WESTOVER, W. Va. – Over 50 inches of rain fell in 2018, and that is dampening the hay farmers’ spirits across north-central West Virginia.
With almost 20 percent more rain than average falling last year, the area is well on its way for another damp year in 2019, and that means less high-quality hay for herds across the Mountain State.
“We’re getting our hay up later, less quality. We test our hay every year to see what nutrients are in it and it’s dropped off because it’s later,” said Gordon Lawson of Hidden Valley Farm.
Higher quality, dry hay needs three days without rain to be properly baled for the animals, but the off and on rain showers this season haven’t helped any.
Even with the wet streak of weather across north-central West Virginia, farmers are still able to bale their hay in a balage situation.
Balage enables forage with a high moisture content to be baled quickly even if it is impacted by rainfall and sticky dewpoints.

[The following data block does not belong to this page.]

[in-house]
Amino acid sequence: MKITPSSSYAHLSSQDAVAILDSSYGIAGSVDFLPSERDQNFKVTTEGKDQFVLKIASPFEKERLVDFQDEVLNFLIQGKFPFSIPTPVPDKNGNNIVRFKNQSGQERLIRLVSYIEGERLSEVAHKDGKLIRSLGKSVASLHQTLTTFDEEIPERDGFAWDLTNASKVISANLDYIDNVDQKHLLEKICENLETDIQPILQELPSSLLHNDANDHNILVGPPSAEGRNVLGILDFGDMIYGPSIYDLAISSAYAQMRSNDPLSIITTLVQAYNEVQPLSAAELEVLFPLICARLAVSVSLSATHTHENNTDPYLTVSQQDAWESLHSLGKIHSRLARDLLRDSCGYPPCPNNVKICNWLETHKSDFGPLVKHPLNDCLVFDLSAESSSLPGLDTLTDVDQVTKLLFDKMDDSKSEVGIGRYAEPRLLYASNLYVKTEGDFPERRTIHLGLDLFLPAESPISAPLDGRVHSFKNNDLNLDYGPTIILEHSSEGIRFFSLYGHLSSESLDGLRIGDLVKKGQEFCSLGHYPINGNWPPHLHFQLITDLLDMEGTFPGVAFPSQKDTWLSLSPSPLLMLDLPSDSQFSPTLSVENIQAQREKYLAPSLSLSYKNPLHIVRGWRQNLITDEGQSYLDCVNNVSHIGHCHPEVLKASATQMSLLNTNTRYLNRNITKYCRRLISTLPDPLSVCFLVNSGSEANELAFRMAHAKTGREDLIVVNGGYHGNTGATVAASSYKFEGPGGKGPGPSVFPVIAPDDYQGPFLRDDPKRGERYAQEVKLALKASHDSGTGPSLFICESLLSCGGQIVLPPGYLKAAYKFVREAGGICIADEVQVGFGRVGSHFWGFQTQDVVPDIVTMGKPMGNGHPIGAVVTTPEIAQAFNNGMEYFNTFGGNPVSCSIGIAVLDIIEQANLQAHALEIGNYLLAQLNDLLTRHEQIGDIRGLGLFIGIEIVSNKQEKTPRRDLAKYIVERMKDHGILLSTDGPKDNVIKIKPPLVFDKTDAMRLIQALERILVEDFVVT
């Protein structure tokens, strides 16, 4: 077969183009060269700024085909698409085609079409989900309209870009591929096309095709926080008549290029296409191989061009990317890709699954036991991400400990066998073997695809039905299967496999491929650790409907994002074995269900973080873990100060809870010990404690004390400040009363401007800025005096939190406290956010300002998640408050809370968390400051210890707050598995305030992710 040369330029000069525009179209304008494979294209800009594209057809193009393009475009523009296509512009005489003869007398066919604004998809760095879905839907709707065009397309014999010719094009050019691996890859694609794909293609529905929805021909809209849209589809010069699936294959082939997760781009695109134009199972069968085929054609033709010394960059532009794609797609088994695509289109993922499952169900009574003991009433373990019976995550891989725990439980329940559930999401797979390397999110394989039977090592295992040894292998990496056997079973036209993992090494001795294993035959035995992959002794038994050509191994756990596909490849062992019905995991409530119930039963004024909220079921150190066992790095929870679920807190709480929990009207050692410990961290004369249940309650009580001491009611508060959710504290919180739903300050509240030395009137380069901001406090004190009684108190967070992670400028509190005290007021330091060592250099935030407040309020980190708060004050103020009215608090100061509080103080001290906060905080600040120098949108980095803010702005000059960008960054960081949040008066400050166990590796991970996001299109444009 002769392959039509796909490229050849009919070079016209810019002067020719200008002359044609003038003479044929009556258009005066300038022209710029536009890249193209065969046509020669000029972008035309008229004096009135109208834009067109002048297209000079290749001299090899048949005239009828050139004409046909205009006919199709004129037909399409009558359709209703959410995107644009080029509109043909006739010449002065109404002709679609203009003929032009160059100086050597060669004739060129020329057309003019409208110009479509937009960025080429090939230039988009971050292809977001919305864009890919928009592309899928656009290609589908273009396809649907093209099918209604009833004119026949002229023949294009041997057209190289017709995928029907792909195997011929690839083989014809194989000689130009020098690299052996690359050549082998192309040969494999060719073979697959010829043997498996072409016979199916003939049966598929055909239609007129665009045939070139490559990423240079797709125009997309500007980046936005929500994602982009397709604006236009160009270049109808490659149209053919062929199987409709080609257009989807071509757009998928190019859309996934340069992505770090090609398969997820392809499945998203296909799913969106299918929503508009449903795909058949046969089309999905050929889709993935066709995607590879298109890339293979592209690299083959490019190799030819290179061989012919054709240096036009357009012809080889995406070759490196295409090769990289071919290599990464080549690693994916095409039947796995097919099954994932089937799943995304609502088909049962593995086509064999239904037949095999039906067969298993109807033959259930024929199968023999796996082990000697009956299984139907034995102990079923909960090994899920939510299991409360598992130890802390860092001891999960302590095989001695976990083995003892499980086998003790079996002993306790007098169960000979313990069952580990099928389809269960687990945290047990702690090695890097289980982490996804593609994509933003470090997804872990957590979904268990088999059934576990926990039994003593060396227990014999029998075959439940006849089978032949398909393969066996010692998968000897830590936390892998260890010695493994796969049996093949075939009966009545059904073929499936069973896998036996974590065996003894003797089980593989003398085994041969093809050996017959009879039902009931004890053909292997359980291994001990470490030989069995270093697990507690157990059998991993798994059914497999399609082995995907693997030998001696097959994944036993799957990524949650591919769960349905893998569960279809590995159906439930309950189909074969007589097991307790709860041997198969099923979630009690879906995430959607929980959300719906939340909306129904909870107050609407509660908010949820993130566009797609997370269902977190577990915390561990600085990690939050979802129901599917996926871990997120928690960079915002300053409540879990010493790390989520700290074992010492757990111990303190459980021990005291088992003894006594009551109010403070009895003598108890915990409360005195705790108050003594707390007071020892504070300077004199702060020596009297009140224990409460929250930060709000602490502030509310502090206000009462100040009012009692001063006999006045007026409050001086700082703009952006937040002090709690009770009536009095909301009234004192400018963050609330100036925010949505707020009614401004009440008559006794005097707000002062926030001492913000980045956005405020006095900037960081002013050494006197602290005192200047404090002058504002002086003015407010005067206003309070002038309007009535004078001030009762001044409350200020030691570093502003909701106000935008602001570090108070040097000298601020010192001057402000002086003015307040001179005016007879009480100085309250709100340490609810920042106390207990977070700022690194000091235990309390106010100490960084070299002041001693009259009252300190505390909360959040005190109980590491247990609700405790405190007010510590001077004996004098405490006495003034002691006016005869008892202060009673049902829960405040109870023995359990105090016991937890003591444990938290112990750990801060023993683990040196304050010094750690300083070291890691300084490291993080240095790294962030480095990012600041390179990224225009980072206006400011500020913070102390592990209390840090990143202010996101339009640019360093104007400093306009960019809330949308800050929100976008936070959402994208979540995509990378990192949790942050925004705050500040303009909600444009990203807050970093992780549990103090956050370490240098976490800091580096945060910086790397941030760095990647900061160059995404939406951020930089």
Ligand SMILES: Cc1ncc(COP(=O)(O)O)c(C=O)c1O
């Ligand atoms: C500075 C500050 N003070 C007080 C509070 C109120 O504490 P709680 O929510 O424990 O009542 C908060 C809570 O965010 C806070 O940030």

This is one way farmers try to beat out waiting for Mother Nature so they can produce the high quality hay that they need.
“For wet hay, we can speed that process so all it takes is 36 hours. Because all we need that hay to do is start to wilt, reduce that respiration rate very fast, and we can bale at 60% moisture. The reason why he does that is that by the time we finish we’re down to 50 or 45% moisture,” said H.R. Scott of the Monongalia County Extension Office.
Even with baling wet hay and wrapping it, there is still some uncertainty.
Either the hay could mold or the hay may not contain the proper nutrients for the cattle it’s feeding.
With this option available, it is one way that farmers can recoup their investment to have a plentiful harvest without weather getting in the way.